A week or two into my design process, our team shared a conversation about the SWID philosophy that inspired me to explore ways of emphasizing the "W" more in our logo design. Making the "W" stand out felt symbolic in that we identified ourselves as female designers striving to empower other women as leaders in the design industry.

One of my approaches to making the "W" pop more in the logo was to break down the logo into just SW, rather than SWID, and include smaller text to elucidate "in design."

As I shared these logo designs with the rest of the team and we collaborated on more ideas, one of the comments made by my team that particularly resonated with me was about making the logo simple, yet fierce. We discussed bringing in sharper lines and edges to the logo, and I continued to mock up more designs on paper and on Illustrator. My new batch of design work revolved around giving our logo more edge, even a weapon or sword-like touch. 

As a team, we ultimately decided these designs were interesting but too busy. We took a step back and re-evaluated what we truly sought in a logo:

  • emphasis on the "W"
  • clean, simple design
  • geometric framing

We also realized that all of our previous designs had included the full "SWID" name in some way, shape, or form. For example, the logos either included all 4 letters of SWID, or at the very least, the 2 letters of SW and then text for "in design."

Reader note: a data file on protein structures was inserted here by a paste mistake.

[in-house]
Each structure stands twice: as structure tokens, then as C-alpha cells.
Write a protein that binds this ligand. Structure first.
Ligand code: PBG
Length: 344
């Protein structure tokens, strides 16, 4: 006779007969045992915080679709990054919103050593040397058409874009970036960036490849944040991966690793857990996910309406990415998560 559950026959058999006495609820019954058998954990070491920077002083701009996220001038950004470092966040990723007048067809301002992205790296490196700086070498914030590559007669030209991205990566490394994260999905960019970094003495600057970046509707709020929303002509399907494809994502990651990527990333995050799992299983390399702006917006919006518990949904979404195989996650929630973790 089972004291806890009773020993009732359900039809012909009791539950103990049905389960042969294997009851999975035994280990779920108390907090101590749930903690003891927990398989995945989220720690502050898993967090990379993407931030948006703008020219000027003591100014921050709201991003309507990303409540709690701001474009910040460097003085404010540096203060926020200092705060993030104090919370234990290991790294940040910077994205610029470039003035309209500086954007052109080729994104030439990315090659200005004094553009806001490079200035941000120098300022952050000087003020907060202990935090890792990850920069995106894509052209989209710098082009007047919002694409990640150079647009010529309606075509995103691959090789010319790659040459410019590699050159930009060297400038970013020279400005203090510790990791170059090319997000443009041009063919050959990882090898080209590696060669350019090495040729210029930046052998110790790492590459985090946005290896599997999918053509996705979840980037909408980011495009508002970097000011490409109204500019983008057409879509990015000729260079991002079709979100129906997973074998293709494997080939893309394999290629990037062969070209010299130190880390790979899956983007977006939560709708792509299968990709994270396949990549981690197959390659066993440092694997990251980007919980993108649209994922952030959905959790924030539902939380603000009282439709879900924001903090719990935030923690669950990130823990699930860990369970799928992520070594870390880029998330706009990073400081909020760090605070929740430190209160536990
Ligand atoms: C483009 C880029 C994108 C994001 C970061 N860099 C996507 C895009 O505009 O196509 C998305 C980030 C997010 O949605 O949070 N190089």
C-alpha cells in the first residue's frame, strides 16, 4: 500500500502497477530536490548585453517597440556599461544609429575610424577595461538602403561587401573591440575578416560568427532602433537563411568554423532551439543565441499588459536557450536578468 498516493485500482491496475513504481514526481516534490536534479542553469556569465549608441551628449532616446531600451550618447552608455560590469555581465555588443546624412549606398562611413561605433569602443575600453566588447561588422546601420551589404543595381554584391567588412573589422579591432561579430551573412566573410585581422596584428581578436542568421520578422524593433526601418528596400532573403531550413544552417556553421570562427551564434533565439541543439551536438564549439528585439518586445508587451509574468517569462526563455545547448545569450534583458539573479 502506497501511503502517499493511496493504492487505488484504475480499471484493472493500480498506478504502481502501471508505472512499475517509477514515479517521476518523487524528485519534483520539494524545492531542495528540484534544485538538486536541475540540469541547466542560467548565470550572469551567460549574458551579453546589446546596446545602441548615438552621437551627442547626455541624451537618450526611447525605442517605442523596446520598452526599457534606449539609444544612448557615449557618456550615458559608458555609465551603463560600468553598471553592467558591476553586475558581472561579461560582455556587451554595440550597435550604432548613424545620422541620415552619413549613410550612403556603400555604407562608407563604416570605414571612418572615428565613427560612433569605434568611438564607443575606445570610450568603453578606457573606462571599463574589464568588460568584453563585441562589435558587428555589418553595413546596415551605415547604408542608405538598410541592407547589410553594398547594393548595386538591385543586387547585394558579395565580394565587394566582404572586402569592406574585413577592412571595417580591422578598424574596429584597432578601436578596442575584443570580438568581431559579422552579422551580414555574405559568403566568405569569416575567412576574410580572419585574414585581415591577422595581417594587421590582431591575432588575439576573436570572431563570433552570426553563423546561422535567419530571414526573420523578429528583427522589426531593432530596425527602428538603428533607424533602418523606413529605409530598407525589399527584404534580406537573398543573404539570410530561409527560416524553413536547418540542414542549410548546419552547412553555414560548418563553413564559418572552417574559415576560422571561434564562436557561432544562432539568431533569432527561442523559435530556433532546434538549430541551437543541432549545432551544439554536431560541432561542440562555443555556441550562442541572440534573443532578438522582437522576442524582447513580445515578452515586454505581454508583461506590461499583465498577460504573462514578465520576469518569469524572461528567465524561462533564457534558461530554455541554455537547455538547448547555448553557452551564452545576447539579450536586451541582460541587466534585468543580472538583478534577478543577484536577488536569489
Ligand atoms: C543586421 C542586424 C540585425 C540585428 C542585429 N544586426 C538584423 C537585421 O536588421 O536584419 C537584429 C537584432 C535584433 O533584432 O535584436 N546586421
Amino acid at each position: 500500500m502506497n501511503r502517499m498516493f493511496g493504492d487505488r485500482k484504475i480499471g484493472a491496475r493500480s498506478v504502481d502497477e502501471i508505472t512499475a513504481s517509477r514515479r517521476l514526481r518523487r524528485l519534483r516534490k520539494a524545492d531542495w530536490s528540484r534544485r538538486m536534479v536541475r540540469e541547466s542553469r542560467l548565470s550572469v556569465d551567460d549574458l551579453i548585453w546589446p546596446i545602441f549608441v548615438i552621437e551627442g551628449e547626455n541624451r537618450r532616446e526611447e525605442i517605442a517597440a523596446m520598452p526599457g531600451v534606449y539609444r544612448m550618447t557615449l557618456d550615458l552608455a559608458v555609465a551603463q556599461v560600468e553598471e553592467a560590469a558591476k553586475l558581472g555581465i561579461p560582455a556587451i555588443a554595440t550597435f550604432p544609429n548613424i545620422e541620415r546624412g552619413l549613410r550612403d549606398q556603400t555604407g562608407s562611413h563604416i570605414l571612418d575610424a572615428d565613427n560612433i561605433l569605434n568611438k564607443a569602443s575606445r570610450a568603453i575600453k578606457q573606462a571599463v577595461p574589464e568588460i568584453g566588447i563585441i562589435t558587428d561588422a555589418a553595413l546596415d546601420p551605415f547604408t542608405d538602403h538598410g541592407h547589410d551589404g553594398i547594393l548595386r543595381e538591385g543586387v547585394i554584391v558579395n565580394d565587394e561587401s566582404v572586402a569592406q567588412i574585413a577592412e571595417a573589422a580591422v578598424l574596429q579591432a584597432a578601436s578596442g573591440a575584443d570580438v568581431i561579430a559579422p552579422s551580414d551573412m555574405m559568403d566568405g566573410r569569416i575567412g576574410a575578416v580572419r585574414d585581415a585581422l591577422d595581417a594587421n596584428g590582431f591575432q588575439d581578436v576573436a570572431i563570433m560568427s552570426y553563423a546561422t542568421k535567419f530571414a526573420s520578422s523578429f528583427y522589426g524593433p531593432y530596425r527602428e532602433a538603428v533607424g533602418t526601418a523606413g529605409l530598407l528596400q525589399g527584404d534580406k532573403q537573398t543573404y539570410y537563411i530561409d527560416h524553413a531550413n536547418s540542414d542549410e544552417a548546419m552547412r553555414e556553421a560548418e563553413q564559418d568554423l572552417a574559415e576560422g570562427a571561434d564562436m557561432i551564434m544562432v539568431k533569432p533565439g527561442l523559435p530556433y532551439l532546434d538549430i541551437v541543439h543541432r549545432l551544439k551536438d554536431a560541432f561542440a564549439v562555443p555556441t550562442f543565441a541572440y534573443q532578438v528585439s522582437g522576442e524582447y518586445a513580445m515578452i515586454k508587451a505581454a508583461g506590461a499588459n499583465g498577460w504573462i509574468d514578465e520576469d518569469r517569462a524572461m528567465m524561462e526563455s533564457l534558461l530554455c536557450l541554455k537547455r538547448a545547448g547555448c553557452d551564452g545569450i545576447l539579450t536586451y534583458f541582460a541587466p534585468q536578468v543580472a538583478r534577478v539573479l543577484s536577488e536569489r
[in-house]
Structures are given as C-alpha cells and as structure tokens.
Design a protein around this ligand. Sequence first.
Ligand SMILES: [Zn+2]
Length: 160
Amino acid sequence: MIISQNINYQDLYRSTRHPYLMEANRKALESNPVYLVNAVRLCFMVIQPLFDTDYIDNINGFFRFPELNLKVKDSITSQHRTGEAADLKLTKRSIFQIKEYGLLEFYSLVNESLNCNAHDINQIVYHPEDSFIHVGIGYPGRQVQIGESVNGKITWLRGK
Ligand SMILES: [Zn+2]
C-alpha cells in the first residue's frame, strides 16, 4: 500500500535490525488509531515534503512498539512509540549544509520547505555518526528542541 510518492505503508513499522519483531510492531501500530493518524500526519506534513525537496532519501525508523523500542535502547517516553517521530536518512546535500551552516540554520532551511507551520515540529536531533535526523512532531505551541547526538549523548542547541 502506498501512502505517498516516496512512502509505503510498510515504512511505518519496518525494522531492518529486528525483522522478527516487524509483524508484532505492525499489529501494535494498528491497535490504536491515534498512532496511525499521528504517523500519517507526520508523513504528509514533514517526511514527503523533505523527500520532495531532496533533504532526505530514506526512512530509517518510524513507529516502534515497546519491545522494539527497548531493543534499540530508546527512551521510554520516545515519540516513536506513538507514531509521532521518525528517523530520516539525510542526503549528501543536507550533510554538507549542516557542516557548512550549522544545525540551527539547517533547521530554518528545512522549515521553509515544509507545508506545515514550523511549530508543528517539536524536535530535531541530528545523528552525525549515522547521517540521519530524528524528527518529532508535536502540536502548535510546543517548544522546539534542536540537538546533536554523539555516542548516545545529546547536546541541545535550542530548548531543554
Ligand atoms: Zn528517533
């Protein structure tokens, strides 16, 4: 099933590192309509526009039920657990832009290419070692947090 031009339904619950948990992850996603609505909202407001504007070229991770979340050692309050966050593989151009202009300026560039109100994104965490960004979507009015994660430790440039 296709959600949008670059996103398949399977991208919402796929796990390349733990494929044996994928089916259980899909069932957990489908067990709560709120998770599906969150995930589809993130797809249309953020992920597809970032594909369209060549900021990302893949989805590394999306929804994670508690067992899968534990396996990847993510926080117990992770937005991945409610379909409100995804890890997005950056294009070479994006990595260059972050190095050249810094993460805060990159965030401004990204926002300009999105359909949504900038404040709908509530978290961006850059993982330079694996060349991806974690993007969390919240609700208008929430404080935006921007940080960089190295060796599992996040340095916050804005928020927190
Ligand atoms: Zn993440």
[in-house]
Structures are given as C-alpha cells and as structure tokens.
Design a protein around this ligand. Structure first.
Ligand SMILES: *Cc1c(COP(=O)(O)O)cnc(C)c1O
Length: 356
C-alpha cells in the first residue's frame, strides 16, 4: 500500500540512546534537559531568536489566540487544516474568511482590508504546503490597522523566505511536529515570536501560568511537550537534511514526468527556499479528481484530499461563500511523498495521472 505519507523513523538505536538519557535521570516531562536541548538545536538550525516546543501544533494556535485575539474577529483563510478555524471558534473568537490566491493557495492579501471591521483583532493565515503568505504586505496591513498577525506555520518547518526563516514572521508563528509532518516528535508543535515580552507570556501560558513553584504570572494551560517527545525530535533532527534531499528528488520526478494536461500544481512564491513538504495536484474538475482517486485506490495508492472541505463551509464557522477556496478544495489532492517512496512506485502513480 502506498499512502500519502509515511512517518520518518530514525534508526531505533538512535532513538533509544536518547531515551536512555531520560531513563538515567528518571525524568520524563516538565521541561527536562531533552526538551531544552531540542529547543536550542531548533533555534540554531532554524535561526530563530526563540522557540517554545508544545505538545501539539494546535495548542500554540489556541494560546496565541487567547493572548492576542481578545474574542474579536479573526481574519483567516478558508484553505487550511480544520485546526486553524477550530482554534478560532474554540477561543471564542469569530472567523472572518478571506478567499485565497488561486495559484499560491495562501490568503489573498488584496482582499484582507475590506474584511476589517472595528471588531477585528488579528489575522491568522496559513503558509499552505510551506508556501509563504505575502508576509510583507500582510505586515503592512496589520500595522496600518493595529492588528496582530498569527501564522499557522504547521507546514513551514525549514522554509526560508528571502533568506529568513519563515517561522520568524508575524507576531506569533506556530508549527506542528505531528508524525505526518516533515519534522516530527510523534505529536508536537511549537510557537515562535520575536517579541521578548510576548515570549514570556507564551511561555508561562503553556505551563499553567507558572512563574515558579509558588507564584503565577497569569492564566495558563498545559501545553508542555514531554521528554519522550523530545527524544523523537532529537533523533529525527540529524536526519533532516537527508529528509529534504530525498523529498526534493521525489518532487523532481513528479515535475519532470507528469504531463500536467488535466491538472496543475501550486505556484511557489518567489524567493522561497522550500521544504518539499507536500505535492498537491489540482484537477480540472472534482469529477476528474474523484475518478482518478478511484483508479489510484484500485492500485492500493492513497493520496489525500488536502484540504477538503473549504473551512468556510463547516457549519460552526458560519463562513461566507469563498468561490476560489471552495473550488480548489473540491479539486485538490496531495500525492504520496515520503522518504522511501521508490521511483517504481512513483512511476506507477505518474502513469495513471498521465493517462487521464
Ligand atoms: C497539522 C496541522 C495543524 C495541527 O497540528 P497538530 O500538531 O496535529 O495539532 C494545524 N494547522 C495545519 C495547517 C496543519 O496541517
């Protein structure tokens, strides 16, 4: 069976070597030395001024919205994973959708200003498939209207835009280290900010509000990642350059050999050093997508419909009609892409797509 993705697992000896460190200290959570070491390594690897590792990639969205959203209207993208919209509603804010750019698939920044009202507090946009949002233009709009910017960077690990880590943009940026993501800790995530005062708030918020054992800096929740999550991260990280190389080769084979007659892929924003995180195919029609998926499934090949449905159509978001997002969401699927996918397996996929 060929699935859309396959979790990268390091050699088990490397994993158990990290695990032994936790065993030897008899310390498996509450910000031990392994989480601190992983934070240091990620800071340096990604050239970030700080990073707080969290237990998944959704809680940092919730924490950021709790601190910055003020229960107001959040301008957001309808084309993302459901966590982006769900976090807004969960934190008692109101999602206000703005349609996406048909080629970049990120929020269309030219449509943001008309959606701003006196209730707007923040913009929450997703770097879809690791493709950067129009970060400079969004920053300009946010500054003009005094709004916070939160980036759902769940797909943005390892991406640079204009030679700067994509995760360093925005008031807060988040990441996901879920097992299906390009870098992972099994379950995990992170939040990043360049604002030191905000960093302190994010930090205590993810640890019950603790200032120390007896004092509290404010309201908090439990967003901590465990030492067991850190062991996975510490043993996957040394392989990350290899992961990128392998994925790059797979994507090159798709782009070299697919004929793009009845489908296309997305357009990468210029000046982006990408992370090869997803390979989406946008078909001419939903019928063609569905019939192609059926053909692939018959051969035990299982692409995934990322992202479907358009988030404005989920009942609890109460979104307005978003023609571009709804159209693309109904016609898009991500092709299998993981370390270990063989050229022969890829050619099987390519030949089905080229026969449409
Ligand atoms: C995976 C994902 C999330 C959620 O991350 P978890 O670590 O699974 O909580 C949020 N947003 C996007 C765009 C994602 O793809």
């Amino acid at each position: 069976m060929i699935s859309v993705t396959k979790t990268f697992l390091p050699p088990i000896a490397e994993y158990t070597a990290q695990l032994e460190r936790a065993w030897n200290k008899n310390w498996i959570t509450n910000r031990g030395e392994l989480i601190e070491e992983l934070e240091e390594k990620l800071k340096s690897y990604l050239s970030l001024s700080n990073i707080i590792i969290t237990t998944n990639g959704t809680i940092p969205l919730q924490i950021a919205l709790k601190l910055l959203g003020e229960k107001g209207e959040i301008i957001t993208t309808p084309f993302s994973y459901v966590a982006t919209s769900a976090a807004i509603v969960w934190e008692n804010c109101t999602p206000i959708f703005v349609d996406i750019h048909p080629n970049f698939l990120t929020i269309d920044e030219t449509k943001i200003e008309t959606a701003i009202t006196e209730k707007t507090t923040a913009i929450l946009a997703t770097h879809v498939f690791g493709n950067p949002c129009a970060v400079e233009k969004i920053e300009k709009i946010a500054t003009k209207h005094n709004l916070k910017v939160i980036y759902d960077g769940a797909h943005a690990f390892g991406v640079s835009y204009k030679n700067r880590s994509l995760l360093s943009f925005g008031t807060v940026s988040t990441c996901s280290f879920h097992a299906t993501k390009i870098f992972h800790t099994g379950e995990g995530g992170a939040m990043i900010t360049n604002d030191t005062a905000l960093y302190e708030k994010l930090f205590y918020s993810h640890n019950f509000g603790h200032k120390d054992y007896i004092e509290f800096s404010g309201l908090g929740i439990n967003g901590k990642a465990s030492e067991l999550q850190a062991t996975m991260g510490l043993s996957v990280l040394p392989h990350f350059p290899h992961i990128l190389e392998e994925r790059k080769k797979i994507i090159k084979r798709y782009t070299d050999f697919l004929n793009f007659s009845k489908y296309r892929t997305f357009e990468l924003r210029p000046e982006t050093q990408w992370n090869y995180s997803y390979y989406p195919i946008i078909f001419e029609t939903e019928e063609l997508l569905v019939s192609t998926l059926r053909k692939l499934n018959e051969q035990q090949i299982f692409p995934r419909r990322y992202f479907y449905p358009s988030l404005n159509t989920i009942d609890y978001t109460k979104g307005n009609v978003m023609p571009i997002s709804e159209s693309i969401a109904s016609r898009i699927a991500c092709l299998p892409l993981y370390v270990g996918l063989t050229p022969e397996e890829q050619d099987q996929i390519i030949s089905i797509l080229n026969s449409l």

We wondered, what if we just broke down our logo design into one very simple "W" shape?

And there you have it. The simplicity of this design felt almost too easy, especially compared to the busier logos that we had most recently been considering, but it felt right.

The color gradient between the two triangles was just enough to draw the eye, without ever confusing the viewer or making him or her feel lost in its form.

We were able to properly emphasize the W and develop a design that stood neatly on its own - as just the W - as well as with the "Stanford Women in Design" caption, but the two never felt married to one another.

Furthermore, we hoped that this made the logo easily flexible and adaptable to other marketing material forms, such as flyers, brochures, stamps, merchandise design, and more.

It was almost ironic how simple our final design ended up being, given that we had spent about a month playing around with a diverse range of ideas. However, we were grateful to have used the logo design process as an opportunity to carefully define ourselves as an organization and spark conversations about the real impact we sought to make as a team.